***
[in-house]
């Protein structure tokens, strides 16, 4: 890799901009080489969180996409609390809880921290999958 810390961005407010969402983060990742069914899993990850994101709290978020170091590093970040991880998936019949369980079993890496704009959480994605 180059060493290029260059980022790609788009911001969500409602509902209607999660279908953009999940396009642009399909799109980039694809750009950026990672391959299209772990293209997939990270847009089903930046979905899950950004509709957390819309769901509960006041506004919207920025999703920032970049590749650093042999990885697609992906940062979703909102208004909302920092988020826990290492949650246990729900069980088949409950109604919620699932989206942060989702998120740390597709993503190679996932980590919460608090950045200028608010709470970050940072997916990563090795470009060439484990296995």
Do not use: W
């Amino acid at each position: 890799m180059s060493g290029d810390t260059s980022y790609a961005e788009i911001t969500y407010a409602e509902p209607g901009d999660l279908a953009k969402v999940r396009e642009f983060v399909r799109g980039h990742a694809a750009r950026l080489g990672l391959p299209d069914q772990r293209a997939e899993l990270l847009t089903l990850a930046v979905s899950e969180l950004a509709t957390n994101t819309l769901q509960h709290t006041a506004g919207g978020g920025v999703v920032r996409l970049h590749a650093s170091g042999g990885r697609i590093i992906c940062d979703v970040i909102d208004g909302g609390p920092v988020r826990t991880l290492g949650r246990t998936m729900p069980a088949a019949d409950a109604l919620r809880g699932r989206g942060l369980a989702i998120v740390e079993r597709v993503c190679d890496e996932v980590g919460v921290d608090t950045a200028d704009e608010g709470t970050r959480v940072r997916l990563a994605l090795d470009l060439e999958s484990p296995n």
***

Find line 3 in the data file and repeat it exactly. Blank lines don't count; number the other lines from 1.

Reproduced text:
Do not use: W